Talk about a soft deadline.

The thing is, this isn’t exactly new technology. Smartphones have been in widespread use for more than a decade and the Americans have had a cellphone alert system in place since 2013. In fact, with their matrix of alerting technology (cellphones, sirens, TV, radio) it is almost impossible for Americans not to be warned.

I commend the CRTC for finally calling on telecom providers to get on board with cellphone alerts but I’d sleep a little better if the minister of Innovation put the full weight of his office behind the initiative too. Canadians lives may well depend on it.

Ontario Liberal Senator Colin Kenny is the former chair of the Senate Committee on National Security and Defence. He can be reached at Kennyco@sen.parl.gc.ca.

Editor’s note: This column incorrectly identified Heritage Minister Mélanie Joly as the minister responsible for telecomm issues, but it is Innovation Minister Navdeep Bains. The column has been updated and corrected. The Hill Times regrets this error. 

The Hill Times

More in News

What happens if an MP’s found guilty of sexual harassment? No one’s saying

News|By Abbas Rana
All the federal political parties say they take sexual harassment “seriously,” but none will say what disciplinary action they would take against an MP found guilty of it. “We take sexual harassment allegations very seriously,…

Feds’ sweeping, new environmental assessment bill keeps power in ministers’ hands, say observers

The government’s new Impact Assessment Act includes hundreds of pages detailing changes to the environmental assessment process in Canada, but keeps ultimate power over approving natural resource projects in the hands of the federal environment…

NDP reviewing past, present harassment processes amid Stoffer, Weir allegations

The NDP isn’t currently investigating the specific harassment allegations against former NDP MP Peter Stoffer, but it says it's looking into how such complaints were, are now and will be handled, something strategist Robin Sears…

Patrick Brown gaining support since re-emerging to challenge sexual harassment allegations, says adviser, though Conservative MPs largely quiet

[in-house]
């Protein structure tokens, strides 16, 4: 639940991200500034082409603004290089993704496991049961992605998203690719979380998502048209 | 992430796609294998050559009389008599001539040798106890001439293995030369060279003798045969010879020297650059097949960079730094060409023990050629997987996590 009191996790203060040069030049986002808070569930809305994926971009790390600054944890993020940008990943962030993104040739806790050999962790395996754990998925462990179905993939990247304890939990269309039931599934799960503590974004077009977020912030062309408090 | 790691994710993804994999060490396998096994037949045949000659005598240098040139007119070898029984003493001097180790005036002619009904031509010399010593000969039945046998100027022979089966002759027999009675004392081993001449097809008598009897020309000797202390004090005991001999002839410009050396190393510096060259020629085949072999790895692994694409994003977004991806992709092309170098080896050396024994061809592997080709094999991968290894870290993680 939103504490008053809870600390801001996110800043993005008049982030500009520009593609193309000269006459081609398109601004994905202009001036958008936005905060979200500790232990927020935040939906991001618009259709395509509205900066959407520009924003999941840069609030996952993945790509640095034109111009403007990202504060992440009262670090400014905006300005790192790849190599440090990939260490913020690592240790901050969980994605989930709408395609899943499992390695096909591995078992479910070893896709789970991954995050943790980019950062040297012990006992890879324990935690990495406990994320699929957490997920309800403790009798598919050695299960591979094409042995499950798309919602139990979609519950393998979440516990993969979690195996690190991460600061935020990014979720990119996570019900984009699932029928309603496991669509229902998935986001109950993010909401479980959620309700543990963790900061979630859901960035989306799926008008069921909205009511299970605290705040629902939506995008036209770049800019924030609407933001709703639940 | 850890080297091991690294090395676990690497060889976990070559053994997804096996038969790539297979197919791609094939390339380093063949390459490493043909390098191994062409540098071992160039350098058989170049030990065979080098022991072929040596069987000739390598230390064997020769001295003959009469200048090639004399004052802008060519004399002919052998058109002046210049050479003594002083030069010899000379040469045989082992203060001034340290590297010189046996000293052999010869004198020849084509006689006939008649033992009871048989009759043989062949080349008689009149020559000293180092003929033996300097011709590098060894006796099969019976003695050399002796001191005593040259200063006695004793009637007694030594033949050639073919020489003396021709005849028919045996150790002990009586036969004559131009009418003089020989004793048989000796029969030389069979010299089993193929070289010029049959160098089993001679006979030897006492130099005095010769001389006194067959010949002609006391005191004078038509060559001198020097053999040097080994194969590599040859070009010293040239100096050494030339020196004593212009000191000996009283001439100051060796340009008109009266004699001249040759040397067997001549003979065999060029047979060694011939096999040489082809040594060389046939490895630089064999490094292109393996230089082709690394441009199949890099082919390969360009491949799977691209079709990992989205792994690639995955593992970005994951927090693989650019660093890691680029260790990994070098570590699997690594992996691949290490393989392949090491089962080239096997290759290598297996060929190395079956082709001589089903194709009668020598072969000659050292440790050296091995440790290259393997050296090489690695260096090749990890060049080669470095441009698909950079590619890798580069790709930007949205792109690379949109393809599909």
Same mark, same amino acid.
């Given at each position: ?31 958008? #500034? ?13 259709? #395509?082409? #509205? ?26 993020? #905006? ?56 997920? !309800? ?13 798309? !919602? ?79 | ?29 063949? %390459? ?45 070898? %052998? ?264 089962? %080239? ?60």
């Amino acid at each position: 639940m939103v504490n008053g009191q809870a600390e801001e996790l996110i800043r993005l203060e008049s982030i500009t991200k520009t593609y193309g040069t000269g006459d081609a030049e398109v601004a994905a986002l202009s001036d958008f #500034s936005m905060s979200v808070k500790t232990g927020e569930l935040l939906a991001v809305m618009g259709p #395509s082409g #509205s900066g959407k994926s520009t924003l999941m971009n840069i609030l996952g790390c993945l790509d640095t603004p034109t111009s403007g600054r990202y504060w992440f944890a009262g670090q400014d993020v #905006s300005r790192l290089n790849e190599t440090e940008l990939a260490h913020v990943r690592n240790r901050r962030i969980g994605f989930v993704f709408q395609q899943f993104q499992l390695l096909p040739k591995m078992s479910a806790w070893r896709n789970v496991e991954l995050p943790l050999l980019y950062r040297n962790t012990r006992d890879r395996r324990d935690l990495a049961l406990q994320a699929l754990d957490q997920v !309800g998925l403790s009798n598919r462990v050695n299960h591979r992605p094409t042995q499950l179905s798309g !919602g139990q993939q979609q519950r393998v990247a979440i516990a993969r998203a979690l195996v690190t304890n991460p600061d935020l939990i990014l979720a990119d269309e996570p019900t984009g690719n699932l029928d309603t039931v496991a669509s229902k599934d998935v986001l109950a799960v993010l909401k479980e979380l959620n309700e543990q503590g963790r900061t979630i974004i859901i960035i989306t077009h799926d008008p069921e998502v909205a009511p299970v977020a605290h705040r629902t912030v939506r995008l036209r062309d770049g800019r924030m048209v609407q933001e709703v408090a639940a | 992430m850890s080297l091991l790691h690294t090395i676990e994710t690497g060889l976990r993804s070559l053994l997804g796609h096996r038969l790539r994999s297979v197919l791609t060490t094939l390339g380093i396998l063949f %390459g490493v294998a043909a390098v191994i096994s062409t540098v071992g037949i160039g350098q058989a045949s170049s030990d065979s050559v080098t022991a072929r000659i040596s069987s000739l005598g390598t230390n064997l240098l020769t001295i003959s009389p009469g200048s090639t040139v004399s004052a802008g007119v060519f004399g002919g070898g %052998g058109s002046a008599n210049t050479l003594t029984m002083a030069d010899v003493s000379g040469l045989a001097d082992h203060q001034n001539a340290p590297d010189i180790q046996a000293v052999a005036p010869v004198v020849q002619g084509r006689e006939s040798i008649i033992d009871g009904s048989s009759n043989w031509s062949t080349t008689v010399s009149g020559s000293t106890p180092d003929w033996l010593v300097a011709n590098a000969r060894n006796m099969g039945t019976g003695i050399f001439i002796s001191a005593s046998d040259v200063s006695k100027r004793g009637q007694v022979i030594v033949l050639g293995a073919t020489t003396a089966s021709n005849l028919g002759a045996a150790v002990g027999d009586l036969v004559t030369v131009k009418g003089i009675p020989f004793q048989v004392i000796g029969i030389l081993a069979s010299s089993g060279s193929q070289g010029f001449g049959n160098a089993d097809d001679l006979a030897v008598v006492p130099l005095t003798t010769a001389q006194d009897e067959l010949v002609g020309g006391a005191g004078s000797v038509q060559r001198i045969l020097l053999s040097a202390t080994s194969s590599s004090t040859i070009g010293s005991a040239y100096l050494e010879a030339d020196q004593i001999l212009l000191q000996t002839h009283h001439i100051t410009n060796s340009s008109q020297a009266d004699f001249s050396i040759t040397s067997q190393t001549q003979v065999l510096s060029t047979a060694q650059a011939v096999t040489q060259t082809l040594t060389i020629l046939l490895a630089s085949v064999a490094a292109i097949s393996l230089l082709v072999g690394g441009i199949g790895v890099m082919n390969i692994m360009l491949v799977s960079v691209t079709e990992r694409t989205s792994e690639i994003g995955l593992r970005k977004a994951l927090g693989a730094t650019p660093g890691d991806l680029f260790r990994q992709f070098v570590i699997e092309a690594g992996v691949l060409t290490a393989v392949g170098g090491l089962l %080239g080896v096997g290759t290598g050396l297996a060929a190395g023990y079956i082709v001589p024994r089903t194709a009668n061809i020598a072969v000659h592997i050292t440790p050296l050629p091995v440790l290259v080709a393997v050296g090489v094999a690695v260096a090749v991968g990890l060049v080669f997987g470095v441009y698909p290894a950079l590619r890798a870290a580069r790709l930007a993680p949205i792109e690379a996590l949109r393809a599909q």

Patrick Brown, who in a dramatic move re-entered the Ontario leadership late Friday afternoon, is receiving strong support from all corners of the political world since publicly re-emerging to challenge the sexual harassment allegations that…

Some Liberal MPs frustrated with leadership for not sharing anti-abortion political strategy on Canada Summer Jobs program

Some Liberal MPs say they're frustrated the party leadership did not share the political strategy with the caucus on why the government was so adamant on keeping the new controversial reproductive rights clause in the…

NDP elects former Hill staffer Vick as new party president

NDP members elected a new party president on the last day of the party’s 2018 policy convention, with former Hill staffer Mathieu Vick being elevated to the role after garnering roughly 83 per cent of…

NDP delegates protest ‘watered down’ Palestine policy

In the waning hours of the NDP policy convention’s second day dozens of delegates stood in silence with hands raised holding posters proclaiming “Free Palestine” as they protested what some called a “watered down” resolution…

Galvanizing members, regaining momentum key for NDP at convention to be in fighting shape for 2019: strategists

With more than 1,800 New Democrats gathered in Ottawa to debate and help shape future party policies, NDP strategist and former national director Karl Bélanger says a top priority this weekend is to “galvanize” members…

NDP ‘shaken’ by harassment allegations, promises to root out problems in own ranks

The NDP's approach to anti-harassment was the first policy to earn mention at its convention in Ottawa on Friday—despite not being slated on the floor—with outgoing president Marit Stiles apologizing to party members who had…

WANT MORE EXCLUSIVE HILL TIMES CONTENT?

We’re offering 15% off a year-long subscription to the hill times online content.